Friday, 19 December 2014

How did these coins enter the UK Market?

Spink's, linked to past sales of Koh Ker statues and supplier to the ACCG, is primarily known as a coin shop. Their recent Auction: 14007 ("Ancient, British and Foreign Coins and Commemorative Medals") held a few days ago, contemporary with conflict and looting going on in not-so-distant Syria, caught my eye. I was discussing the case of a coin yesterday (Auction 14007, Lot: 484) where the sellers were telling us (more or less) where it was found, the exact date, and what had happened to it since it was dug up to legitimise it as a genuine British find. What a contrast with three other lots I passed in the catalogue while looking for it.

As we have all seen, dealers are bending over backwards to say "there is no recently looted stuff from Syria and Iraq coming on the market". I ask how they can tell that when they obviously have no information to pass on to prospective buyers that the items they sell are not objects recently surfaced and smuggled from the region being silently passed off as though "from an old collection".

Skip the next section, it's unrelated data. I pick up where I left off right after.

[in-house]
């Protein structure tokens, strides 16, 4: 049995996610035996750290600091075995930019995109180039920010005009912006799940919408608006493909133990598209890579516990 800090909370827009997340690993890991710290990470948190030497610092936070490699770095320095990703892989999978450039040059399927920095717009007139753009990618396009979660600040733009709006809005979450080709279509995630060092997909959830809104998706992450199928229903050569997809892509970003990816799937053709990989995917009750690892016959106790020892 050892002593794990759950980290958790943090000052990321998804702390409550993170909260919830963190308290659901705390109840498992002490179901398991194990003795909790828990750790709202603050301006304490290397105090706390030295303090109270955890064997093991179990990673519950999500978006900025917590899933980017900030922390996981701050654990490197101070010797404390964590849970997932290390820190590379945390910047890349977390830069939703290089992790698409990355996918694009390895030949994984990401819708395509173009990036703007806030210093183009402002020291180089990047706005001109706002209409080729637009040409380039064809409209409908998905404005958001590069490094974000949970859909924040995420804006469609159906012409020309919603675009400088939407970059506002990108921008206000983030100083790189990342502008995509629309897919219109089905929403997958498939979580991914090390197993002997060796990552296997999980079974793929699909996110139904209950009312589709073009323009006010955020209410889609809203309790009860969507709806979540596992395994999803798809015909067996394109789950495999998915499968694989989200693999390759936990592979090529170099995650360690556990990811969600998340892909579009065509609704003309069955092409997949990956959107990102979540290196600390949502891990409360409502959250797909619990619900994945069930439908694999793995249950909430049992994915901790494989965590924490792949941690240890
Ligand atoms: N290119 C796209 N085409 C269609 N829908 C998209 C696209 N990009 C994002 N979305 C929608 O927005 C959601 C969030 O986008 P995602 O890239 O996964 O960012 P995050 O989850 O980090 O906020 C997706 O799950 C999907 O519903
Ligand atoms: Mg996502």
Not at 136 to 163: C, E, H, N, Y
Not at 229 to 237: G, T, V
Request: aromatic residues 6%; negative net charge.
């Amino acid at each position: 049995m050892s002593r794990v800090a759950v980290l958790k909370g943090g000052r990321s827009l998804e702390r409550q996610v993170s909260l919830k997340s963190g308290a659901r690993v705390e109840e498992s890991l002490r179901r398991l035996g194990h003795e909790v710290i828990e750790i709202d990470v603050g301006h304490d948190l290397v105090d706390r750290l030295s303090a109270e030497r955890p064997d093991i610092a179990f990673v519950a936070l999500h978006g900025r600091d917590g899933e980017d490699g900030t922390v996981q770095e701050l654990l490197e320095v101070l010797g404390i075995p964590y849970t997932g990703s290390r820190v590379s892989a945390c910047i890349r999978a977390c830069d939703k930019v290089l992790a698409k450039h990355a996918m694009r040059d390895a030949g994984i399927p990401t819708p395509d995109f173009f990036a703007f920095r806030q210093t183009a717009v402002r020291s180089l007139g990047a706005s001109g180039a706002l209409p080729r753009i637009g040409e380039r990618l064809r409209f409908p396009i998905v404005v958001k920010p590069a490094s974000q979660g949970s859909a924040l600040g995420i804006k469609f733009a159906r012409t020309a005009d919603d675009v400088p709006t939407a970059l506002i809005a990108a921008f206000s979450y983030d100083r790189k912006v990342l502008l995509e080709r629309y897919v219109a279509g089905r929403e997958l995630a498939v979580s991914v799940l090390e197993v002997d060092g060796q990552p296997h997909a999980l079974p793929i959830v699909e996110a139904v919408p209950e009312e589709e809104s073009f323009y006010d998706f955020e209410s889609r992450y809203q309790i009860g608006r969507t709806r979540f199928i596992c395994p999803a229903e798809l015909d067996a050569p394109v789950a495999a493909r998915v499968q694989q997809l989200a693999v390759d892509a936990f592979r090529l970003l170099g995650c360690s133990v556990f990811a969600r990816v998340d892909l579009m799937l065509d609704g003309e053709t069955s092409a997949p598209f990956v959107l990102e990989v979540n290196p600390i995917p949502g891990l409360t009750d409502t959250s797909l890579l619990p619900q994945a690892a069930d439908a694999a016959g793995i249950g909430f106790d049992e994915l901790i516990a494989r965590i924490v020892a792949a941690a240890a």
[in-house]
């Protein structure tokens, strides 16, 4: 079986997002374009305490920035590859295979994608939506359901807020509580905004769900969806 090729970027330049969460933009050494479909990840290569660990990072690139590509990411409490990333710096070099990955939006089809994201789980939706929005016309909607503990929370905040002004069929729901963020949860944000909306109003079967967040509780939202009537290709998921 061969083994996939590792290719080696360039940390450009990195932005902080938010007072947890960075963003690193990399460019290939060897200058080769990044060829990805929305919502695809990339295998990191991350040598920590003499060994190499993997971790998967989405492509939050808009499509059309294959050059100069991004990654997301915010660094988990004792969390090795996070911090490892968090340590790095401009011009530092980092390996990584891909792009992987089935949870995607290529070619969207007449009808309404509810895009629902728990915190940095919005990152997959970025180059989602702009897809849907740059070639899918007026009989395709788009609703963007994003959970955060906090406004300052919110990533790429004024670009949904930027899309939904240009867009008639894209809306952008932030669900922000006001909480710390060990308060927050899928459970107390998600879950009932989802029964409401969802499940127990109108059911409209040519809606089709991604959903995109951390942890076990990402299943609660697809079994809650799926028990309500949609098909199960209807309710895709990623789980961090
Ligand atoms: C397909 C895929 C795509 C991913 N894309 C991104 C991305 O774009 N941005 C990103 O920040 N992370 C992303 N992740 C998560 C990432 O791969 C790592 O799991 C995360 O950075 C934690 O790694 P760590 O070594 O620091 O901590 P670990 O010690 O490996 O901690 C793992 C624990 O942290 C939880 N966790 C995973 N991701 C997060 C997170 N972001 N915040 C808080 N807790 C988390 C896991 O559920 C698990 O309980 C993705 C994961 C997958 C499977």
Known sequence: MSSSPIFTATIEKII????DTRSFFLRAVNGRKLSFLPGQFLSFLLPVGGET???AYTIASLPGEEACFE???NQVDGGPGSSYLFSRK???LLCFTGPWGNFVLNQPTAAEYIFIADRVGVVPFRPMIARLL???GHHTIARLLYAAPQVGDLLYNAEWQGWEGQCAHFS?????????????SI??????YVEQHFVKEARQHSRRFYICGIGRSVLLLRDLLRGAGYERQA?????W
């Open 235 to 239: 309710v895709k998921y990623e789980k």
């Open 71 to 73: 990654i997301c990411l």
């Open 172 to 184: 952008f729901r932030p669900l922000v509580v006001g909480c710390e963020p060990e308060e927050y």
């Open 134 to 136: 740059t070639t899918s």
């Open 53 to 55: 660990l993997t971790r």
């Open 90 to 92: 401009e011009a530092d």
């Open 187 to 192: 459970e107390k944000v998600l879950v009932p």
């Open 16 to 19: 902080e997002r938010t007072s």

Take these three lots, all coins minted in and circulating within precisely the region currently being affected by conflict looting and theft. Two of them small high value pieces, easily smuggled, the other the sort of low value bulk find that comes from mass digging of ancient sites for collectables (the Syrian equivalent of 'Roman grots') Where, in the sales description is any indication that the consigners can provide assurance that these items are not the proceeds of such activities? If the seller has such documentation, why is it not being presented (or mentioned) here in the sales offer? Is it because the seller is convinced that the thought that care should be exercised here to avoid buying dodgy goods has crossed the mind of a single one of the buyers in their auction?

Lot: 46 (x) Umayyad, temp. 'Abd al-Malik (685-705), AV Dinar, 4.27g, mintless type (Damascus), AH78 (Bernardi 41; A.125), good very fine
Lot: 46 
 Lot: 47 (x) Umayyad, temp. 'Abd al-Malik, AV Dinar, 4.24g, mintless type (Damascus), AH79 (Bernardi 42; A.125), very fine
Lot: 47
Lot: 48 (x) Umayyad and Abbasid, AE Fals (c.60), an interesting group, many with mint names: Dimashq, Halab, Homs, Jordan, Ramlah, Tabaria, fine to very fine, some scarce (lot)
Lot: 48 
Responsible collectors will obviously want to verify that any items they are considering buying are not coming from contemporary or past conflict zones and are not the products of looting, coercion or theft. The information offered by Spink in these three cases is not sufficient to do that, even though elsewhere in the same catalogue there are coins offered with even the actual date of finding given. When are UK dealers going to demonstrate a commitment to supporting responsible collection by dealing only in material whose licit origins can be guaranteed and verified?

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